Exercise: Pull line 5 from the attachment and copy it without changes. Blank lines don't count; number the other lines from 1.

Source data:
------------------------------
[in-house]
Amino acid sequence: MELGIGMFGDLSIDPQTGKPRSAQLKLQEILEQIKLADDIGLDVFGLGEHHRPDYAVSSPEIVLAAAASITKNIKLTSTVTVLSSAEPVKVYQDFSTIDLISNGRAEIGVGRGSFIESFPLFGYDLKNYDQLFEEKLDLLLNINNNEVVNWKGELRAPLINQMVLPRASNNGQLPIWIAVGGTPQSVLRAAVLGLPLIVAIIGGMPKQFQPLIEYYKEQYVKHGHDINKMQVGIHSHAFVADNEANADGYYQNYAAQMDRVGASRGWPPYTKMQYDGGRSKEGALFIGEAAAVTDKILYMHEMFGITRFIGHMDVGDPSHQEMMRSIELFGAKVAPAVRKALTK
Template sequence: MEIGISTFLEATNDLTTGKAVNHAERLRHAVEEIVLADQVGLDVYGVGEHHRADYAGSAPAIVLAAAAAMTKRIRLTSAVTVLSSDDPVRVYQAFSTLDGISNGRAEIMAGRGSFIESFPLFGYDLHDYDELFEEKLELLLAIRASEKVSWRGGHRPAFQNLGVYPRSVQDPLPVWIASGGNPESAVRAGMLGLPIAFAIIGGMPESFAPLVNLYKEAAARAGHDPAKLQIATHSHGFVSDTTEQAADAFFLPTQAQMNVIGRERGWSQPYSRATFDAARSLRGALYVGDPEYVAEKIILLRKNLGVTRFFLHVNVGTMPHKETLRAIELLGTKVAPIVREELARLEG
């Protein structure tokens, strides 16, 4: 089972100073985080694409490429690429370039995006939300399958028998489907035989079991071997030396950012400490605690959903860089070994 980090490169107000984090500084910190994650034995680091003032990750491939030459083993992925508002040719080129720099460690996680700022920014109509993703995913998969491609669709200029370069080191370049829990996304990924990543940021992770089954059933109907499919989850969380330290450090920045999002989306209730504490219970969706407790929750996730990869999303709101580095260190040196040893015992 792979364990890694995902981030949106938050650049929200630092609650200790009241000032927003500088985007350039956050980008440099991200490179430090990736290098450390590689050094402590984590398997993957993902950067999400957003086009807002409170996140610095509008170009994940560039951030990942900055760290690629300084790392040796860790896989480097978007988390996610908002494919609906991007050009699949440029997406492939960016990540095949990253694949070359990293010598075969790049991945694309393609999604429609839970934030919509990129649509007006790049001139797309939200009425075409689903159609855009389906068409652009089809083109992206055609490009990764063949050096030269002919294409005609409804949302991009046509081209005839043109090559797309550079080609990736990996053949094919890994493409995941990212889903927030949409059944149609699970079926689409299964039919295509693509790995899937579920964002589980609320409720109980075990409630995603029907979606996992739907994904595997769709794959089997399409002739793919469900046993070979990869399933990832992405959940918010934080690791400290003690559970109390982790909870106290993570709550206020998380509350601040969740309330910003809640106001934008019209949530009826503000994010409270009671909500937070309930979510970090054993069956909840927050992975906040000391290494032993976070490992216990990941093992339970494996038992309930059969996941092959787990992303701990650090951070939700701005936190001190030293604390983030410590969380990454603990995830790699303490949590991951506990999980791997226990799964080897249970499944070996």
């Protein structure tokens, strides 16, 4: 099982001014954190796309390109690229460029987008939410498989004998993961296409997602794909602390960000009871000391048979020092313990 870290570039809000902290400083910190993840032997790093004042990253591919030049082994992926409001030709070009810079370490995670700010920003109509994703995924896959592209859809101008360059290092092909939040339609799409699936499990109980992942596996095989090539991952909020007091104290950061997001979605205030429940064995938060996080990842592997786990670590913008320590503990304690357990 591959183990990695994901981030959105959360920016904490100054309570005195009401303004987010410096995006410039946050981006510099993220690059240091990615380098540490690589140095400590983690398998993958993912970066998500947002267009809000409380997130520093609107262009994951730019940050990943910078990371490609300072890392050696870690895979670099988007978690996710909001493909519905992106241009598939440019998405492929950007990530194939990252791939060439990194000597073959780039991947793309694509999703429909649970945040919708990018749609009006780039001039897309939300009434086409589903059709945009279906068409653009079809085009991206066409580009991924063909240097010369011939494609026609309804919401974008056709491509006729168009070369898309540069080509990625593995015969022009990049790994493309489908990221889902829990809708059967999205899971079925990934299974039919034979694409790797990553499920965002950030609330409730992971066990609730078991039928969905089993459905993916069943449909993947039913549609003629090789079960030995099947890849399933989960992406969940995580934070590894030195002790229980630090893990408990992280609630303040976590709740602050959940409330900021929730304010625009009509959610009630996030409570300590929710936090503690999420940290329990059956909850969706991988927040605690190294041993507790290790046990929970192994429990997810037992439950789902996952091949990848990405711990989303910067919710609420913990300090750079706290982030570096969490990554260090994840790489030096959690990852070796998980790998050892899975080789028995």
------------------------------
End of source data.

């Protein structure tokens, strides 16, 4: 099982001014954190796309390109690229460029987008939410498989004998993961296409997602794909602390960000009871000391048979020092313990 870290570039809000902290400083910190993840032997790093004042990253591919030049082994992926409001030709070009810079370490995670700010920003109509994703995924896959592209859809101008360059290092092909939040339609799409699936499990109980992942596996095989090539991952909020007091104290950061997001979605205030429940064995938060996080990842592997786990670590913008320590503990304690357990 591959183990990695994901981030959105959360920016904490100054309570005195009401303004987010410096995006410039946050981006510099993220690059240091990615380098540490690589140095400590983690398998993958993912970066998500947002267009809000409380997130520093609107262009994951730019940050990943910078990371490609300072890392050696870690895979670099988007978690996710909001493909519905992106241009598939440019998405492929950007990530194939990252791939060439990194000597073959780039991947793309694509999703429909649970945040919708990018749609009006780039001039897309939300009434086409589903059709945009279906068409653009079809085009991206066409580009991924063909240097010369011939494609026609309804919401974008056709491509006729168009070369898309540069080509990625593995015969022009990049790994493309489908990221889902829990809708059967999205899971079925990934299974039919034979694409790797990553499920965002950030609330409730992971066990609730078991039928969905089993459905993916069943449909993947039913549609003629090789079960030995099947890849399933989960992406969940995580934070590894030195002790229980630090893990408990992280609630303040976590709740602050959940409330900021929730304010625009009509959610009630996030409570300590929710936090503690999420940290329990059956909850969706991988927040605690190294041993507790290790046990929970192994429990997810037992439950789902996952091949990848990405711990989303910067919710609420913990300090750079706290982030570096969490990554260090994840790489030096959690990852070796998980790998050892899975080789028995």